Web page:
Approximately 1 month later, the patient returned to our clinic. He reported feeling good, being compliant with his home exercise program, and refraining from running or playing basketball to this point. Quadriceps strength was 4+/5. The evaluation also revealed full active range of motion, no quadriceps lag with straight-leg raising, and the ability to squat without pain. Rehabilitation was resumed.
Strengthening; progressive resistive exercise; proprioceptive, agility, and aerobic conditioning; plyometrics and eccentric loading; and functional or sport-specific drills were emphasized in this phase. Stretches (hamstrings, gastrocnemius, and quadriceps) and cryotherapy were also continued. Again, a pain-free progression was the goal. The patient began treadmill running at 8 weeks after surgery and functional or sport-specific drills on the following day. The aim was for the athlete to begin playing the following week. At 9 weeks, he was cleared for limited playing time by the orthopaedic surgeon and permitted to play 10 minutes per game at the most. Playing time was progressed as tolerated. The athletic trainer continued to monitor the patient's response to increased playing time and supervised continued strengthening and neuromuscular activities in the clinic.
At 10 weeks after surgery, a functional test was used to objectively assess the patient's right lower extremity function compared with the uninvolved leg. The functional test consisted of a single-leg hop test, triple hop test, lateral hop test for time, maximum-repetition leg press at body weight, and 1-repetition maximum on the leg press. (For the lateral hop test for time, the athlete stood to the side of a solid line and was asked to hop across the line, back and forth, for 15 seconds.) The number of hops was then compared bilaterally. Compared with the opposite leg, the patient scored in the 96th percentile for the single-leg hop test and lateral hop test for time and 100% on the other 3 tests. At 3 months after surgery, the patient was discharged by the athletic trainer but instructed to continue with the home exercise program.
At 3 and 14 months after surgery, the patient again completed the questionnaires. At 14 months, his scores escalated to 100/100 on the Cincinnati Knee Rating Scale and 98/100 on the Patellofemoral Knee Pain Survey. He denied any limitations in activity, walking, stairs, running, jumping, or twisting. Review of the Quality of Life Questionnaire at 14 months also revealed that the patient was much improved (Table (Table2);2); interestingly, the athlete's lowest rating and greatest concern was with the environmental conditions, which was in agreement with the findings of Ferretti.4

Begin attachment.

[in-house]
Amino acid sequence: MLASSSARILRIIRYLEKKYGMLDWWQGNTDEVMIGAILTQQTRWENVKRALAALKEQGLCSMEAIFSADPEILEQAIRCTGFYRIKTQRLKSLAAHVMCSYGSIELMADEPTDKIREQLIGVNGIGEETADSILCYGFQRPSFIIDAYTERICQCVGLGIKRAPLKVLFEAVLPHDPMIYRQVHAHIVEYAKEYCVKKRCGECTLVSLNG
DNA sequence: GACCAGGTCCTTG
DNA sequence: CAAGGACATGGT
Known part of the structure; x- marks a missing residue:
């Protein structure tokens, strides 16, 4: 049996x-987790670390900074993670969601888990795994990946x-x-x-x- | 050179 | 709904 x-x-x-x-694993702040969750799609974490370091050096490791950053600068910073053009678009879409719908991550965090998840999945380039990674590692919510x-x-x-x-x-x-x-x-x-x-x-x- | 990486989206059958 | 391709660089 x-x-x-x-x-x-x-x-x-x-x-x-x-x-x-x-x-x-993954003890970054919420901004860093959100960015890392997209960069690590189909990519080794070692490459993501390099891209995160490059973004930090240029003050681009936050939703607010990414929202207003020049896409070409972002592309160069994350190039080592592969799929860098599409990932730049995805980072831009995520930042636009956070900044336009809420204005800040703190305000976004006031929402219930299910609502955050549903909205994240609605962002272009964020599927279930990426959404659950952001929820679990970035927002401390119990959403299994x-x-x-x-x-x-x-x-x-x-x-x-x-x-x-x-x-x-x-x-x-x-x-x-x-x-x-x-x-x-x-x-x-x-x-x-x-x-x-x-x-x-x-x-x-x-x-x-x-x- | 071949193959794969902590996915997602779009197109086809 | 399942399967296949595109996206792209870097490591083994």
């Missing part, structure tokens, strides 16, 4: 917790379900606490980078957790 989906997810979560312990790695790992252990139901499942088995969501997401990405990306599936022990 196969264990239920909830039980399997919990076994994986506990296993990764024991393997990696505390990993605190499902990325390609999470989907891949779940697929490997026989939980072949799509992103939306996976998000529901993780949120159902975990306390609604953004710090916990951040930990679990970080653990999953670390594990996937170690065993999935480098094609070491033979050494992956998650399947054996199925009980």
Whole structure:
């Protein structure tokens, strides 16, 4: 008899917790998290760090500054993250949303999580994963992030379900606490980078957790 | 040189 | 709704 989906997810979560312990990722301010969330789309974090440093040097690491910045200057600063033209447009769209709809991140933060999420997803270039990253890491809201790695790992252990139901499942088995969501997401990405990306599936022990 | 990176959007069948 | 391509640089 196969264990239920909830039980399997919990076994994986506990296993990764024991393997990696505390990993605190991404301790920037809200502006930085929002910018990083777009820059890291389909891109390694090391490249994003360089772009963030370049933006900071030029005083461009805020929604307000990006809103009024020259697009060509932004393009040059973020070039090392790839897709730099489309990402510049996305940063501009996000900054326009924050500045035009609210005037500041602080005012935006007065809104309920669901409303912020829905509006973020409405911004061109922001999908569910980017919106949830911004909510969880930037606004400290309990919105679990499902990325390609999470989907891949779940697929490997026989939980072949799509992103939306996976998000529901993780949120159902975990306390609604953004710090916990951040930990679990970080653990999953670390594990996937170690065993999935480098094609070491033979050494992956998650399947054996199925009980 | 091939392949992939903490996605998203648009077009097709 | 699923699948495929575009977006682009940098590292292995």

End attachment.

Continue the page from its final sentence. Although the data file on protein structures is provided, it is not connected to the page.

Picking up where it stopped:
In addition to having the patient complete the questionnaires, I evaluated the surgical outcome using a modification of the criteria defined by Kelly et al16 (Table (Table3).3). The athlete had full, bilateral active range of motion. Girth measurements taken at the superior pole of the patella and at 5.08 cm (2 in) and 10.16 cm (4 in) above the superior pole were equal bilaterally. Based on these objective findings and subjective reports of no pain and return to sports, the surgical outcome was considered excellent.
At 27 months after surgery, the athlete denied any knee pain. He did, however, note increased power and his satisfaction with being able to participate in the triple and long jumps the year before. These were events that he had not been able to participate in since high school because of his infrapatellar tendinitis.
Management of patellar tendinitis can be a very tedious process for the athletic trainer or physical therapist. Prevention and education are important components; however, athletes, in their desire to compete, often play through the pain and refrain from alerting the health care professional to their symptoms. In the case of patellar tendinitis, the initial symptoms tend to get worse if they are overlooked or the patient is noncompliant with treatment. The use of the word tendinitis in cases of true tendinosis may also lead to underestimation of the natural history of this condition by coaches and athletes.17 Pathologic tendon conditions may occur before any symptoms are noticed.18 If symptoms do manifest, patients in stages 1 and 2 of Blazina et al's scale6 can usually be treated successfully with conservative treatment.1,3 However, current treatment methods may not change the natural history of chronic tendon injuries,12 and patients with early symptoms of pain may also take months to recover.18 In these early stages, the practice surface and training parameters, such as frequency, intensity, and duration, should be evaluated and adjusted immediately and appropriately once symptoms are experienced. A proper rehabilitation program and progression should then be initiated to return the athlete to competition. The use of eccentric strengthening speeds tenocyte metabolism,19 causes quadriceps muscle hypertrophy,20 improves muscle coordination,20 and increases tensile strength of the tendon.21 This patient attempted eccentric exercises before surgery but could not tolerate them due to the significantly inflamed tissue. Therefore, pain-free exercises were adopted. After surgery, however, he tolerated eccentric exercises, which then became an important component in his rehabilitation and ultimate return to sport.